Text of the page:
El Paso, TX KTSM — Over the last week, the Borderland has seen numerous active weather days that involve wind, rain and above- and below-normal temperatures. One of the most memorable mornings was Friday, when heavy fog took over the area.
“Late last week, we had a pretty good fog event across much of the lowlands and it’s something we don’t really see every day, but we see it a little more often than folks tend to remember,” said Meteorologist Jason Laney with the National Weather Service.
How often you ask? According to Laney, just about six to eight days in the lowlands should we see foggier days. That’s out of 365 days a year.
“In order for fog to form the air in the atmosphere, (it) must become saturated — what we mean is the air must be cooled for the air to be able to hold no additional moisture, and if moisture is present, then it would condense out and be the formation of fog,” Laney explained.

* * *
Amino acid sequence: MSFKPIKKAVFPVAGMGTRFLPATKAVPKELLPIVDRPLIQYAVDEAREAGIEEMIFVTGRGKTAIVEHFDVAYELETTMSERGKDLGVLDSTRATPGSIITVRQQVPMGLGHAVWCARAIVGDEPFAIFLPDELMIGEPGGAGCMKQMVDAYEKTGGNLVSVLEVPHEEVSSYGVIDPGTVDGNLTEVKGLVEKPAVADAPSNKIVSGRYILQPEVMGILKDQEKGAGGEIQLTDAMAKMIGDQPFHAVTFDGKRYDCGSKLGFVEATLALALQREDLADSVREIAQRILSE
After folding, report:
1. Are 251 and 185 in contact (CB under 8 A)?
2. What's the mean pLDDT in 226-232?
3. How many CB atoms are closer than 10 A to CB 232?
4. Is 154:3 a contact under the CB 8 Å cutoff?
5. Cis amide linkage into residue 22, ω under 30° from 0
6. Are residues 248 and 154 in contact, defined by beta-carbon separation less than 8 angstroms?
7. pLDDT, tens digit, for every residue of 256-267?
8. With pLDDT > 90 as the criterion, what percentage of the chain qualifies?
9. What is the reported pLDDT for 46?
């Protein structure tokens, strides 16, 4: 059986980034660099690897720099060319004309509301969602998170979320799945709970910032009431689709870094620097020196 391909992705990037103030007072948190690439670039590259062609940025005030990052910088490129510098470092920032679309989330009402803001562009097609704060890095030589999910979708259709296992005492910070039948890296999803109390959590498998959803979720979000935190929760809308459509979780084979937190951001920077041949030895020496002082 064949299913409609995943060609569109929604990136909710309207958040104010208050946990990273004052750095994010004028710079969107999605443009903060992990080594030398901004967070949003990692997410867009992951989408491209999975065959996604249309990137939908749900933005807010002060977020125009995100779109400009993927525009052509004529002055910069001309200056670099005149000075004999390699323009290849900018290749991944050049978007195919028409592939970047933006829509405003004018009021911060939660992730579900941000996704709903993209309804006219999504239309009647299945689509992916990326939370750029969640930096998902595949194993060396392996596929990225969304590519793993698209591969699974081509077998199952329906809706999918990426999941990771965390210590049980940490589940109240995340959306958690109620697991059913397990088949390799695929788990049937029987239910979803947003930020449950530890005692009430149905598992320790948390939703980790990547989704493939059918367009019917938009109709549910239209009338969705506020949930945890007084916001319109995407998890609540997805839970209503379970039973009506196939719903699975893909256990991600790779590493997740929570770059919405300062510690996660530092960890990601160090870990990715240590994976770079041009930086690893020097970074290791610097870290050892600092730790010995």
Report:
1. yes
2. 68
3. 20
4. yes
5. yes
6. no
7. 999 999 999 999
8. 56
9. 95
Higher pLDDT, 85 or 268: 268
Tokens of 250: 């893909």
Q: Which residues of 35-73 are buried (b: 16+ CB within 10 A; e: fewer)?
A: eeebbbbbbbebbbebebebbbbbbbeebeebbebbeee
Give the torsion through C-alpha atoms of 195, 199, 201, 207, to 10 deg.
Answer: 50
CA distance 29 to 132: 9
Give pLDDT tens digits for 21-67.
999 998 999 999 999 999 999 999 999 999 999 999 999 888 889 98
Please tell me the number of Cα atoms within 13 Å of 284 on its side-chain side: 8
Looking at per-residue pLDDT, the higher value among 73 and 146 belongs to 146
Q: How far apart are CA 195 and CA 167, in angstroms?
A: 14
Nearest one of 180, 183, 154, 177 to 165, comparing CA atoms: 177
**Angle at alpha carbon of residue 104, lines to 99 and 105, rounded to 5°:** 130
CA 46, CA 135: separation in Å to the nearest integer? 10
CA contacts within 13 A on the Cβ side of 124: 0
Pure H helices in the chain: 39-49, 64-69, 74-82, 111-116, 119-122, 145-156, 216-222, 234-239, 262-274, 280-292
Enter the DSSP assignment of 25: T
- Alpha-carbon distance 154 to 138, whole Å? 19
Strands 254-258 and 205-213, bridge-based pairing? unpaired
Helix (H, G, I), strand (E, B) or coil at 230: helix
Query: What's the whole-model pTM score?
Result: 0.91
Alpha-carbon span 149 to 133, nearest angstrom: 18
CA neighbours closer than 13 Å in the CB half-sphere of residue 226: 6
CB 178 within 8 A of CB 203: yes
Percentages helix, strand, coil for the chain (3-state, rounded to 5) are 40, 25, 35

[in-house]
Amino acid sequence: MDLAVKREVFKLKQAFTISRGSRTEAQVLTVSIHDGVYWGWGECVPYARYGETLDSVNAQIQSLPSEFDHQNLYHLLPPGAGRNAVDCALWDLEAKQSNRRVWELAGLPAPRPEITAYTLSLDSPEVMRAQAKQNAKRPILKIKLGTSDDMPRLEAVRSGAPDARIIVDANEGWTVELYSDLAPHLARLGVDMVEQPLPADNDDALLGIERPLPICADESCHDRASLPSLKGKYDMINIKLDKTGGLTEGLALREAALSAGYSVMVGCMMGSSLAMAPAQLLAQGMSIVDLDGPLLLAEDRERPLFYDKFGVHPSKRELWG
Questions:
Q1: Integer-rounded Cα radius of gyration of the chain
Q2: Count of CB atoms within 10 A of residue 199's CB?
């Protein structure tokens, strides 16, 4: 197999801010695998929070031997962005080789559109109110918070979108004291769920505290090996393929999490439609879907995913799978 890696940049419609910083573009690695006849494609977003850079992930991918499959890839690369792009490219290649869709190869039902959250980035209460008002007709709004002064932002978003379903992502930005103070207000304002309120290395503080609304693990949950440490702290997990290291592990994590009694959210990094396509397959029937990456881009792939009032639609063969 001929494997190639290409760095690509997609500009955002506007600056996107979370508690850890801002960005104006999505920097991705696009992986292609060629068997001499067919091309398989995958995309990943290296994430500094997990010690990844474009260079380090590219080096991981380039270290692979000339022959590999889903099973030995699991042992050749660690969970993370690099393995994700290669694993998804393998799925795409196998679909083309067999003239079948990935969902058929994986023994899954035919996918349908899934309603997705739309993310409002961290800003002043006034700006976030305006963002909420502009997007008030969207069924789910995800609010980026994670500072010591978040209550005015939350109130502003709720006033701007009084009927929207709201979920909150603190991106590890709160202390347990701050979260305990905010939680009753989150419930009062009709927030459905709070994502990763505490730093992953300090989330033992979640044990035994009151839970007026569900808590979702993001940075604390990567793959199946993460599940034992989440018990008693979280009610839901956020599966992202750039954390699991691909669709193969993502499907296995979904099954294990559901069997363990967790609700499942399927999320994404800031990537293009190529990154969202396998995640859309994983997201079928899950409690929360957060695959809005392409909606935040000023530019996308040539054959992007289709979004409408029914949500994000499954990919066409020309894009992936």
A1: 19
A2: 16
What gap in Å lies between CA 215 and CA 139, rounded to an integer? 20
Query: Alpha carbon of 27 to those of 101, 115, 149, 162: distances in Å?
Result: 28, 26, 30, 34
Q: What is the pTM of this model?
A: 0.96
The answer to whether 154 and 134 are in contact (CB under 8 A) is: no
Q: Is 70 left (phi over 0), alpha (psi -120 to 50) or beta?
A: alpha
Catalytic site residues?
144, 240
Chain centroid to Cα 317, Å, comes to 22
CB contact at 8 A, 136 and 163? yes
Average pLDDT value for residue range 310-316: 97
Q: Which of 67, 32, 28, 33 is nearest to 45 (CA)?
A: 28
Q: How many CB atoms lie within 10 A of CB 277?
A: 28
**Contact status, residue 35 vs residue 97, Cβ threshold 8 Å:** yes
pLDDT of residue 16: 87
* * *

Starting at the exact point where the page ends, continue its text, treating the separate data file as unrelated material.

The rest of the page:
While El Paso and Las Cruces are located in the desert, fog is not something we’re used to, making it more dangerous for drivers.
“Fog tends to occur just before daybreak and lasts for quite a few hours after daybreak, which means it occurs right during the morning rush hour, which tends to be quite dangerous,” Laney added.
The NWS issues a Dense Fog Advisory when we expect visibility of one-fourth mile (or 400 meters). This is mainly because this product is used to raise awareness that dangerous driving conditions could easily exist.